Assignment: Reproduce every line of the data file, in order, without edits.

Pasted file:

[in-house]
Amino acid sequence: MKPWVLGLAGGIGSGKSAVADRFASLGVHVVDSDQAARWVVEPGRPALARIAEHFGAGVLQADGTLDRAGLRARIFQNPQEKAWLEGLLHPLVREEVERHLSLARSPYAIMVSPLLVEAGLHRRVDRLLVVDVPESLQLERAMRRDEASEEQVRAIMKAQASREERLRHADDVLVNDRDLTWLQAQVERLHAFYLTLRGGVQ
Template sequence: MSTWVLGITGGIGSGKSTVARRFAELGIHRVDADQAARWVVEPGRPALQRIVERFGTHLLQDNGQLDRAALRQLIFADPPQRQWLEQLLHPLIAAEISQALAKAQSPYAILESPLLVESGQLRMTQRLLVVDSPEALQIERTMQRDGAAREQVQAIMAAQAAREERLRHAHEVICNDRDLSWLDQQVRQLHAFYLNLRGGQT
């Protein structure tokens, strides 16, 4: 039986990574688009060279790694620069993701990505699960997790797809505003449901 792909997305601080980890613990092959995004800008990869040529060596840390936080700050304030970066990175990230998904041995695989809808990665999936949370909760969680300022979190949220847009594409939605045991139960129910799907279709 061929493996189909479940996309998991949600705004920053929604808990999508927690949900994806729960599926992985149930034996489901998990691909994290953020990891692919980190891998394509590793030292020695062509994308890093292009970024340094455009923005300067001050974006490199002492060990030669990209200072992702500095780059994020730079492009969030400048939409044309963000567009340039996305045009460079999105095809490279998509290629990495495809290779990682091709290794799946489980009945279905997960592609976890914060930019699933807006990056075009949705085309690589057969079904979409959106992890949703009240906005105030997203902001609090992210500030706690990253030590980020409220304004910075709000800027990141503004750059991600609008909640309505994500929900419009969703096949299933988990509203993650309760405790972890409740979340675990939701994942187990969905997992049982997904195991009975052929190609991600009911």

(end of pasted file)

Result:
[in-house]
Amino acid sequence: MKPWVLGLAGGIGSGKSAVADRFASLGVHVVDSDQAARWVVEPGRPALARIAEHFGAGVLQADGTLDRAGLRARIFQNPQEKAWLEGLLHPLVREEVERHLSLARSPYAIMVSPLLVEAGLHRRVDRLLVVDVPESLQLERAMRRDEASEEQVRAIMKAQASREERLRHADDVLVNDRDLTWLQAQVERLHAFYLTLRGGVQ
Template sequence: MSTWVLGITGGIGSGKSTVARRFAELGIHRVDADQAARWVVEPGRPALQRIVERFGTHLLQDNGQLDRAALRQLIFADPPQRQWLEQLLHPLIAAEISQALAKAQSPYAILESPLLVESGQLRMTQRLLVVDSPEALQIERTMQRDGAAREQVQAIMAAQAAREERLRHAHEVICNDRDLSWLDQQVRQLHAFYLNLRGGQT
């Protein structure tokens, strides 16, 4: 039986990574688009060279790694620069993701990505699960997790797809505003449901 792909997305601080980890613990092959995004800008990869040529060596840390936080700050304030970066990175990230998904041995695989809808990665999936949370909760969680300022979190949220847009594409939605045991139960129910799907279709 061929493996189909479940996309998991949600705004920053929604808990999508927690949900994806729960599926992985149930034996489901998990691909994290953020990891692919980190891998394509590793030292020695062509994308890093292009970024340094455009923005300067001050974006490199002492060990030669990209200072992702500095780059994020730079492009969030400048939409044309963000567009340039996305045009460079999105095809490279998509290629990495495809290779990682091709290794799946489980009945279905997960592609976890914060930019699933807006990056075009949705085309690589057969079904979409959106992890949703009240906005105030997203902001609090992210500030706690990253030590980020409220304004910075709000800027990141503004750059991600609008909640309505994500929900419009969703096949299933988990509203993650309760405790972890409740979340675990939701994942187990969905997992049982997904195991009975052929190609991600009911």